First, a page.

As communities look for ways to build capacity for community involvement, and to increase resident engagement both with local government and with one another, much of the focus is on innovation. But a recent article on the NextCity blog reminds us not to neglect the institutions that already exist.
The El Faro Swap-Meet in South Los Angeles is a place where people desiring community can come together and reconnect and purchase much needed items for their family. It is predominantly Hispanic and provides recent immigrants a place to come together in true community in the midst of the urban sprawl that is Los Angeles. It was almost shut down during the Rodney King Riots and had a history of violent crime, but crime in the area has been improving, and many argue the swap meet has a role to play in improving the safety and vitality of this community:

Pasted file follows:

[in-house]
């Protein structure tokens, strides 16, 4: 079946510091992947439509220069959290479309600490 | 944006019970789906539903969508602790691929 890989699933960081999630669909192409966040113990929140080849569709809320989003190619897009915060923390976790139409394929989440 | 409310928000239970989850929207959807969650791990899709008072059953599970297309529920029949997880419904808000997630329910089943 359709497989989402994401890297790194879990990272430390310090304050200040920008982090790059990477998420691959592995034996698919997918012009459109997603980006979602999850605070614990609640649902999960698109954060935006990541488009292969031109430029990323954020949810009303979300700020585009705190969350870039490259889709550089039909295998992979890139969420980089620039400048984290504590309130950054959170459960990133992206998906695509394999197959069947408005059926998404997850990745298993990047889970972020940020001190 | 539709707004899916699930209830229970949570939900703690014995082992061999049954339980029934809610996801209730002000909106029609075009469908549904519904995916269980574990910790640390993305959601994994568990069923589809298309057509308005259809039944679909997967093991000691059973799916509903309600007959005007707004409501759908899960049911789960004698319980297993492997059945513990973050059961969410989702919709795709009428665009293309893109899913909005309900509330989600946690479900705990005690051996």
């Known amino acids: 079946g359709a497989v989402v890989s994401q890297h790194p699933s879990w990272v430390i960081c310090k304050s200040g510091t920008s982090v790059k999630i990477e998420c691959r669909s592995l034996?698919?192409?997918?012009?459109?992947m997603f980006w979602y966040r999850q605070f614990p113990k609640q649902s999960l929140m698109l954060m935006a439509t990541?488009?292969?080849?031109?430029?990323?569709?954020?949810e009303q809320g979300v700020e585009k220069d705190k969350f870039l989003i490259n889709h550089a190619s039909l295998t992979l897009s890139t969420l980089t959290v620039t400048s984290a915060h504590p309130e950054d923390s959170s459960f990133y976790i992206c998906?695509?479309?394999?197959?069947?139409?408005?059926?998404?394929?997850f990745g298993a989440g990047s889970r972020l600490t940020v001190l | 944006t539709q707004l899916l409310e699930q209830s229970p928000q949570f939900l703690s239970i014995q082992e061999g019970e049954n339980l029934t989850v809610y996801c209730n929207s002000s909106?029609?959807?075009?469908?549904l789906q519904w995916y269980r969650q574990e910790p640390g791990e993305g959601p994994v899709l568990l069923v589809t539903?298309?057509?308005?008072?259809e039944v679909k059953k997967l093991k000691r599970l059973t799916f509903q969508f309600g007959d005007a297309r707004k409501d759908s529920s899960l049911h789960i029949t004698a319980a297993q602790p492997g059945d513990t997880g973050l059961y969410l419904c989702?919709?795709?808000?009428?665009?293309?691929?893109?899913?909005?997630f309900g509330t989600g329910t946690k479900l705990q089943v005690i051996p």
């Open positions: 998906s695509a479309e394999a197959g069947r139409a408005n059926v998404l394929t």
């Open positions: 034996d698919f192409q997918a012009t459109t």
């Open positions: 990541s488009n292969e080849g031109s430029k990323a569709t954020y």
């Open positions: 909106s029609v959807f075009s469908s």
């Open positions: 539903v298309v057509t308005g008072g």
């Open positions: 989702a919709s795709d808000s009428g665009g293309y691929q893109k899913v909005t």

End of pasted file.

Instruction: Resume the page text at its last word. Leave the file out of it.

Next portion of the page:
Swap meets like El Faro and Alameda were once thought to be, as the L.A. Times put it in 1992, “a cause of urban blight.” Though they may seem exotic to U.S.-born citizens, they closely resemble the informal markets that exist throughout Latin America. Those markets do more than just sell goods and provide jobs — they fuse neighborhoods and populations, filling in the gaps between communities in sprawling cities like Los Angeles. Indeed, L.A. is built much like the cities many of El Faro’s vendors and shoppers come from, a relatively low-density urban plan that cries out for communal spaces to create a sense of geographic integration. . .
You can read more here.
Contributor: Elliott Parisi, Pepperdine University Master of Public Policy, MPP Candidate ’15.